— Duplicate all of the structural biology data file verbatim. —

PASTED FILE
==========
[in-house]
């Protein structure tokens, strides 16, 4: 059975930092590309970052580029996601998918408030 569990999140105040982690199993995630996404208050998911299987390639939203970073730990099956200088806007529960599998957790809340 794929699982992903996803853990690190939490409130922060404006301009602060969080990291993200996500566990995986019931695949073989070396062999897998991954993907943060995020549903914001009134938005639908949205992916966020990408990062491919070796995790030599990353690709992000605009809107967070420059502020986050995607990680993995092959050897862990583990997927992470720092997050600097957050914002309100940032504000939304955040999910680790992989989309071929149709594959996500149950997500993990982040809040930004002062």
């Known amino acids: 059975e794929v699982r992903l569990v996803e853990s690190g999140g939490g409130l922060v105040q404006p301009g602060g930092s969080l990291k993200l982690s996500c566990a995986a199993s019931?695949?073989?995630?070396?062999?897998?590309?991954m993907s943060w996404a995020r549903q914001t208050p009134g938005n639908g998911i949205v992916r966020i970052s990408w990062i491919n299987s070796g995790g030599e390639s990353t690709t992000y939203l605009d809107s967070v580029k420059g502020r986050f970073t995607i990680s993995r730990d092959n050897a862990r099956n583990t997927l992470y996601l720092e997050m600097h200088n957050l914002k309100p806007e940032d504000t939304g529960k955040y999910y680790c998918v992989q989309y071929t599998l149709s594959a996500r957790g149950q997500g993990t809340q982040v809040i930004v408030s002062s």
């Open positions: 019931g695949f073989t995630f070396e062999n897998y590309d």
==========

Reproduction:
[in-house]
């Protein structure tokens, strides 16, 4: 059975930092590309970052580029996601998918408030 569990999140105040982690199993995630996404208050998911299987390639939203970073730990099956200088806007529960599998957790809340 794929699982992903996803853990690190939490409130922060404006301009602060969080990291993200996500566990995986019931695949073989070396062999897998991954993907943060995020549903914001009134938005639908949205992916966020990408990062491919070796995790030599990353690709992000605009809107967070420059502020986050995607990680993995092959050897862990583990997927992470720092997050600097957050914002309100940032504000939304955040999910680790992989989309071929149709594959996500149950997500993990982040809040930004002062």
């Known amino acids: 059975e794929v699982r992903l569990v996803e853990s690190g999140g939490g409130l922060v105040q404006p301009g602060g930092s969080l990291k993200l982690s996500c566990a995986a199993s019931?695949?073989?995630?070396?062999?897998?590309?991954m993907s943060w996404a995020r549903q914001t208050p009134g938005n639908g998911i949205v992916r966020i970052s990408w990062i491919n299987s070796g995790g030599e390639s990353t690709t992000y939203l605009d809107s967070v580029k420059g502020r986050f970073t995607i990680s993995r730990d092959n050897a862990r099956n583990t997927l992470y996601l720092e997050m600097h200088n957050l914002k309100p806007e940032d504000t939304g529960k955040y999910y680790c998918v992989q989309y071929t599998l149709s594959a996500r957790g149950q997500g993990t809340q982040v809040i930004v408030s002062s």
């Open positions: 019931g695949f073989t995630f070396e062999n897998y590309d």